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EF: Can you elaborate on the financial performance of Fujifilm?

TK: Two weeks ago, our headquarters disclosed the 2021 fiscal year financial result and our revenue for the last fiscal year was 2.5 trillion Japanese yen (around USD 21 billion). Our operating income was approximately USD 1.9 billion, indicating the scale of our company. Healthcare revenue represents 32% of the revenue, which in financial terms is around the estimation of eight hundred billion Japanese yen (USD 6 billion), and our future global target is to achieve USD 8 billion by March 2027. Healthcare is one of the biggest contributors to our operating income, with 38% from healthcare. 

When people think of Fujifilm, they think of a photographic company, but it represents only 13% of the business; the biggest contributor is healthcare, a considerably fast-growing industry business. The growth is about +15% per annum. If we compare this with 2019, we have not only recovered from the COVID situation, but the operating income is at a historical record high, a fantastic feat considering Fujifilm was established in 1934, 88 years ago. The overall healthcare growth is close to 40% and continues to grow, contributing around 100 billion Japanese yen in operating profit in FY2021. 

EF: 2020 was the year of diagnostics, and 2021 was the year of vaccines; what will 2022 be the year of? 

TK: Post-COVID-19, a recovery is expected. Today, 50 to 60% of our employees come into the office every day. The rest work from home and this is a model for the future. In South Africa, we are still fighting COVID-19 in some regions and we are trying to register certain innovative devices. For example, our Xair portable x-ray machine weighs 3.5 kg, with a rechargeable battery and, for the patient's benefit, a minimal x-ray dosage. The x-ray image has the utmost accuracy, but the regulatory agency takes its time to approve certain products. 

I have travelled to Botswana, where a PCR test is no longer required for a fully vaccinated person, which will be the norm in the future. For the people who do get COVID-19, rapid treatment and rapid detection tests will still be of importance in the future. Quick detections provide good treatments to patients and will become more important over the year.

EF: How can the industry ensure non-communicable diseases get the attention and treatments required?

TK: We should offer patients detections and screenings. For example, RD detection and screening were not popular in India originally, and education played an important role. We released information for the patients on the importance of RD detection and screening, making it a quicker and offered affordable process. In 120 minutes, we can do a full patient screening, CT MRI, x-ray, ultrasound, endoscopy, and haematology. We attend and have the results on the same day.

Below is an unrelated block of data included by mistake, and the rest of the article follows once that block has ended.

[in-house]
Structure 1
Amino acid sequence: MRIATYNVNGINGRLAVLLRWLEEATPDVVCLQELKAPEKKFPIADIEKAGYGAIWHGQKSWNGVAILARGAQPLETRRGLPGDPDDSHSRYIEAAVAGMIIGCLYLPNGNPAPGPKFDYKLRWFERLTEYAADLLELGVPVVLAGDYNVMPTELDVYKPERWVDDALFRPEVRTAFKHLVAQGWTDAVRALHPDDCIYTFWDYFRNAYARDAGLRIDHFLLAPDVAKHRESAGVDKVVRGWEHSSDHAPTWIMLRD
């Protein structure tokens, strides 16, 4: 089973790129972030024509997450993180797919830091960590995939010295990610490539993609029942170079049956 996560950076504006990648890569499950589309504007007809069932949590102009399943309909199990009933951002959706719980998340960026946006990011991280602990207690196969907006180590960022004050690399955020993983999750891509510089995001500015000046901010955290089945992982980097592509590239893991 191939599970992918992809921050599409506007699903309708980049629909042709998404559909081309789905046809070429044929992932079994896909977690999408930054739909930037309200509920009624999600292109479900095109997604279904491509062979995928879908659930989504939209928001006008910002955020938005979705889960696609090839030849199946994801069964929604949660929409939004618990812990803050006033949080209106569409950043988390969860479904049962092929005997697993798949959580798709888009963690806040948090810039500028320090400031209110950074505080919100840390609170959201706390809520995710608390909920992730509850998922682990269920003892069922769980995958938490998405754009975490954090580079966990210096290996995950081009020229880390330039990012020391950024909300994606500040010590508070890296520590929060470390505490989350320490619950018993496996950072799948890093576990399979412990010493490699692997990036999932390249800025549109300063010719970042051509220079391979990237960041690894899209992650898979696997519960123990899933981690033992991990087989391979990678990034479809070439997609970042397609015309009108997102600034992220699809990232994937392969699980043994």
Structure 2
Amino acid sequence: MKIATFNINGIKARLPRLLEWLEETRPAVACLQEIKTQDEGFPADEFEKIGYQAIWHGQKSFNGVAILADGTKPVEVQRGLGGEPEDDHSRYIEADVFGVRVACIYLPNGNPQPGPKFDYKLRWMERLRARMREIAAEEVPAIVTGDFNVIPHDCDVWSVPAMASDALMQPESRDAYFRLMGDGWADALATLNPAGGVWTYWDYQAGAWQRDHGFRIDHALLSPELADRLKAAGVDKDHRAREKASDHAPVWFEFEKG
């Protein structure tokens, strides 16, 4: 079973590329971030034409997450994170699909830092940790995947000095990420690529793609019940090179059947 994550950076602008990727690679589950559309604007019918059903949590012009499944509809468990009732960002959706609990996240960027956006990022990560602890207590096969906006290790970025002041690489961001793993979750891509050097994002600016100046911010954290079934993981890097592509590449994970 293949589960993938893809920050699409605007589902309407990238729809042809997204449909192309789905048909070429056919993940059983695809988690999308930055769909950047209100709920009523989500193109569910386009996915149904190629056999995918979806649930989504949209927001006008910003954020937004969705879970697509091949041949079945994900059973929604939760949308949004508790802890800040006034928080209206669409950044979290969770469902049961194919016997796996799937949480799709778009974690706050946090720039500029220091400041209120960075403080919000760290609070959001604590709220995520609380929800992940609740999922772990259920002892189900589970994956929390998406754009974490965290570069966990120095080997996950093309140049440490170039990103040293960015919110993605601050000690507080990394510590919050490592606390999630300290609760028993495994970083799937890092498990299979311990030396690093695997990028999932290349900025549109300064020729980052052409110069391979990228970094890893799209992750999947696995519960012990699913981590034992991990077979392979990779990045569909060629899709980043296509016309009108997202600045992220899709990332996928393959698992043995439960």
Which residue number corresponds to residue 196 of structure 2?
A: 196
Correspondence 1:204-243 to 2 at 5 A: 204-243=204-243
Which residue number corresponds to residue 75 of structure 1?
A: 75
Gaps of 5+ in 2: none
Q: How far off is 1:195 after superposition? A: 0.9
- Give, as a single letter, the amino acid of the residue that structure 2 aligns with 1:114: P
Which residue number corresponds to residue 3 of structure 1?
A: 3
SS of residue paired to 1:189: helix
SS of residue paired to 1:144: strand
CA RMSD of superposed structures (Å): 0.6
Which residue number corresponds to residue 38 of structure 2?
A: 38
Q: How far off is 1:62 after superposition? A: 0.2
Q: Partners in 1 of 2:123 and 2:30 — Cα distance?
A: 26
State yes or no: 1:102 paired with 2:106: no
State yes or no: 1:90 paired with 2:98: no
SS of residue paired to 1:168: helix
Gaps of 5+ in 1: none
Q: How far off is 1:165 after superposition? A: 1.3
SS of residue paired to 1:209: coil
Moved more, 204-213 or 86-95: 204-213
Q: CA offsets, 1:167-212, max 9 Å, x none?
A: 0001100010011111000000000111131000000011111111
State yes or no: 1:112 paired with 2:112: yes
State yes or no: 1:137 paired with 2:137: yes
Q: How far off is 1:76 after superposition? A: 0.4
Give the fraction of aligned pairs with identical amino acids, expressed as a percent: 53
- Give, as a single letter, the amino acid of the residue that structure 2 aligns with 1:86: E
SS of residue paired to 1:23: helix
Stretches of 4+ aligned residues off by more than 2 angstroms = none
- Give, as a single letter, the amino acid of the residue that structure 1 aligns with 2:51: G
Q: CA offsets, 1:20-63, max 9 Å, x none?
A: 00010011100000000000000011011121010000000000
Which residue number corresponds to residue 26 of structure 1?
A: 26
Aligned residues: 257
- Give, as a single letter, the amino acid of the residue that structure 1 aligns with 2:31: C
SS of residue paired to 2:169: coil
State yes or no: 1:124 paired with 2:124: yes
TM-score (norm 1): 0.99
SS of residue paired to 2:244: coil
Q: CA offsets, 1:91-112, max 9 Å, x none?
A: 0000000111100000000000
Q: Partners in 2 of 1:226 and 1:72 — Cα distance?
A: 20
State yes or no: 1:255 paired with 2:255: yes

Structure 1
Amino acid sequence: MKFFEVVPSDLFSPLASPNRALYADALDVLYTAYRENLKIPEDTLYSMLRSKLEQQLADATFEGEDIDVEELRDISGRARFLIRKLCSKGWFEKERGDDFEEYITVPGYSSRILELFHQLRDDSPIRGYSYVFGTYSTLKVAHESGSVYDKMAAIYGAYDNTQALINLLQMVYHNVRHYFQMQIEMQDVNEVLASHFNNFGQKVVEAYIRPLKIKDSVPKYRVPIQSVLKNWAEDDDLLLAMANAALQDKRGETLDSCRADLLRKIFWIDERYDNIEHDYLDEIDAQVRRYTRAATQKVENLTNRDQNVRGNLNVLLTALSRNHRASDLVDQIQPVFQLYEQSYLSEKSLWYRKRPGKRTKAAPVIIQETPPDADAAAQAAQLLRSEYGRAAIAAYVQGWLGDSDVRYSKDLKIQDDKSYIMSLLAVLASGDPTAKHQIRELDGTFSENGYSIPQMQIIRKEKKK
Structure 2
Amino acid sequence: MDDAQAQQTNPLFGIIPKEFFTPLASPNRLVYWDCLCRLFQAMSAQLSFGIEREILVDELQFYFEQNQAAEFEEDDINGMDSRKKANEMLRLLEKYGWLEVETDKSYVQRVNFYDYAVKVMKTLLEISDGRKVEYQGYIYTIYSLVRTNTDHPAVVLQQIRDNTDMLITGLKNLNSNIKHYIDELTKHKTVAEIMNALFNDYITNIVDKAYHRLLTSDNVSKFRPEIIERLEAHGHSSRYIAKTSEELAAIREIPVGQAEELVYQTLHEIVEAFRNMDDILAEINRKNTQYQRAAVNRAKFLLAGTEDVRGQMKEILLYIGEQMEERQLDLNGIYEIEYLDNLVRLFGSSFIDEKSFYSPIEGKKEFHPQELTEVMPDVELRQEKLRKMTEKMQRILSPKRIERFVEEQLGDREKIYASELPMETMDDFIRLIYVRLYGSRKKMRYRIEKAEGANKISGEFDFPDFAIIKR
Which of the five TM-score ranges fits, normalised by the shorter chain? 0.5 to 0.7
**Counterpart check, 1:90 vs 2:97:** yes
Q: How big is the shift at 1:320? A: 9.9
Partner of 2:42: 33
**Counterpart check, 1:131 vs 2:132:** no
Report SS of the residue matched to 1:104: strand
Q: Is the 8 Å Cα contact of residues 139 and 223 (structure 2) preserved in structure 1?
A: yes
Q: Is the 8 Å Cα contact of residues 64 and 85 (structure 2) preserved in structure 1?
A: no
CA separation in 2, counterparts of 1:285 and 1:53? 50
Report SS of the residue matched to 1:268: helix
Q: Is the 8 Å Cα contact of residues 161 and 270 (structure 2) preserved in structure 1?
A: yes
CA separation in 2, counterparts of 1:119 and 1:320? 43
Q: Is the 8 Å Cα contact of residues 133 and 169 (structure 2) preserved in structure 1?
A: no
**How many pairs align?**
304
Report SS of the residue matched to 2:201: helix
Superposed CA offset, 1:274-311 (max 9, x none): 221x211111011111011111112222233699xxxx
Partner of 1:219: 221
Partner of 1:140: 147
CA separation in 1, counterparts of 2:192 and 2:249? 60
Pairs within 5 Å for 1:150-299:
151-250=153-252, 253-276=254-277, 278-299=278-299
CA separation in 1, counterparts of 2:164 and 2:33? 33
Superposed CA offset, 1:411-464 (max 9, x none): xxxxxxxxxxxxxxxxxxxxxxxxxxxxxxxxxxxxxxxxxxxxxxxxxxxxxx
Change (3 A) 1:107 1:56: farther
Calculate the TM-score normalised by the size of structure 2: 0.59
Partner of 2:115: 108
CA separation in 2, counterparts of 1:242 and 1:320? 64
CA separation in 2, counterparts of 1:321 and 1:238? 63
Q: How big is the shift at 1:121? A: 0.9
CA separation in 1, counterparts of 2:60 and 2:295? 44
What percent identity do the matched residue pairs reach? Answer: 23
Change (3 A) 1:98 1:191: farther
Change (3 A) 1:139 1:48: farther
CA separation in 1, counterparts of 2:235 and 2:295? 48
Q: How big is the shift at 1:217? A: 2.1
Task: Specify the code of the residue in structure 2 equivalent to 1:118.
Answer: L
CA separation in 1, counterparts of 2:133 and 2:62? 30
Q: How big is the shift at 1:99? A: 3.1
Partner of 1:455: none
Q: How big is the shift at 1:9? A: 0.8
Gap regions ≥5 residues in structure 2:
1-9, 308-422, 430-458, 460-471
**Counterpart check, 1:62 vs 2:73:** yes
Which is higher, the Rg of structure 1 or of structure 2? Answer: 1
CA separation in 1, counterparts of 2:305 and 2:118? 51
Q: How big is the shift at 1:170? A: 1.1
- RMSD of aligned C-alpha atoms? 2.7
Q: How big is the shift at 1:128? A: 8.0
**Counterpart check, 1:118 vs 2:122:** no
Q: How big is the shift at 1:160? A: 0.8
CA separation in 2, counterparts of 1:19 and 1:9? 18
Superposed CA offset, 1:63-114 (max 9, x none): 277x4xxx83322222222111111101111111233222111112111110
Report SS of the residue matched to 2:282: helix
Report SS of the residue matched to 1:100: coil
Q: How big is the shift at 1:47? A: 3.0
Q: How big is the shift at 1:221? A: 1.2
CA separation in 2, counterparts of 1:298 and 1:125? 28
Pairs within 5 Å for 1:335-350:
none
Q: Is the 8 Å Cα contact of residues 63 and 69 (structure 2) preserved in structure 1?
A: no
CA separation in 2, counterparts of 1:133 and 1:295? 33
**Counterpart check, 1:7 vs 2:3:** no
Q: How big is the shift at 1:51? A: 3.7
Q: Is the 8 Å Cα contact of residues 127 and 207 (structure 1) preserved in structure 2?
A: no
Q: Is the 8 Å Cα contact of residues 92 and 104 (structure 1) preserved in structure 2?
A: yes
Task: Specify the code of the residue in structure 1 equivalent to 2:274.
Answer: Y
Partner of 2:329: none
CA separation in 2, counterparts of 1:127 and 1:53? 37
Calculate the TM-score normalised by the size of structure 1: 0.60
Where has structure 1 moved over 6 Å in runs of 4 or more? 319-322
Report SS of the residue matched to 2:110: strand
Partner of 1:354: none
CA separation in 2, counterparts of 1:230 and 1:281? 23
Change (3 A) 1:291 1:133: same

Artificial intelligence supports our technology and assists doctors with a quicker analysis, benefiting the doctor, the hospital, and the patient. We are now introducing new screening systems in India and have established a healthcare screening centre (NURA) in Bangalore, India, in February 2021. Our system has been tested in Japan, and we are now expanding the screening centres to Mumbai and Delhi in India because we are aware of the importance of RD detection and screening to battle cancer. RD detection favours patients, governments, and doctors; it saves lives and keeps costs down. 

EF: Could you elaborate on the importance of medical education and the benefits of artificial intelligence for the physician?

TK: The stakeholders, the government, hospitals, and doctors must understand the importance of the added value of AI; it helps the patient and makes the doctors' and hospitals' jobs easier to do. Most doctors are aware that our AI technology can provide considerable assistance in diagnosis. For AI technology to penetrate the medical industry, education is essential. We have educational programmes to teach technology users how to understand its role and use the technology. 

For example, in Zambia, we are trying to introduce our AI system in a middle-sized hospital in Lusaka. The Japanese government donated the X-ray system, but radiographical skills need to be developed to operate the technology. A Japanese organisation called JATA, which fights TB and has offices in Zambia, is working jointly with the Japanese government and doctors to introduce our AI solutions to the hospital. We are training doctors in Zambia, and in one month, we will introduce AI solutions in Zambia. 

EF: Could you elaborate on the portfolio performance of Fujifilm South Africa? 

TK: In March 2021, we acquired Hitachi Healthcare, one of the bigger medical equipment companies in Japan, and changed its name to Fujifilm Healthcare. Fujifilm South Africa provides equipment, healthcare, and IT technology systems, which include RIS, PACS Ai, 3D and HIS, plus we supply consumables and spares for all equipment, although the distributor imports directly from Europe or Dubai. We have an extensive line of equipment, including CT, MRI, endoscopy systems, and X-ray machines covering a very broad base. 

EF: What is the strategic importance of South Africa to Fujifilm globally?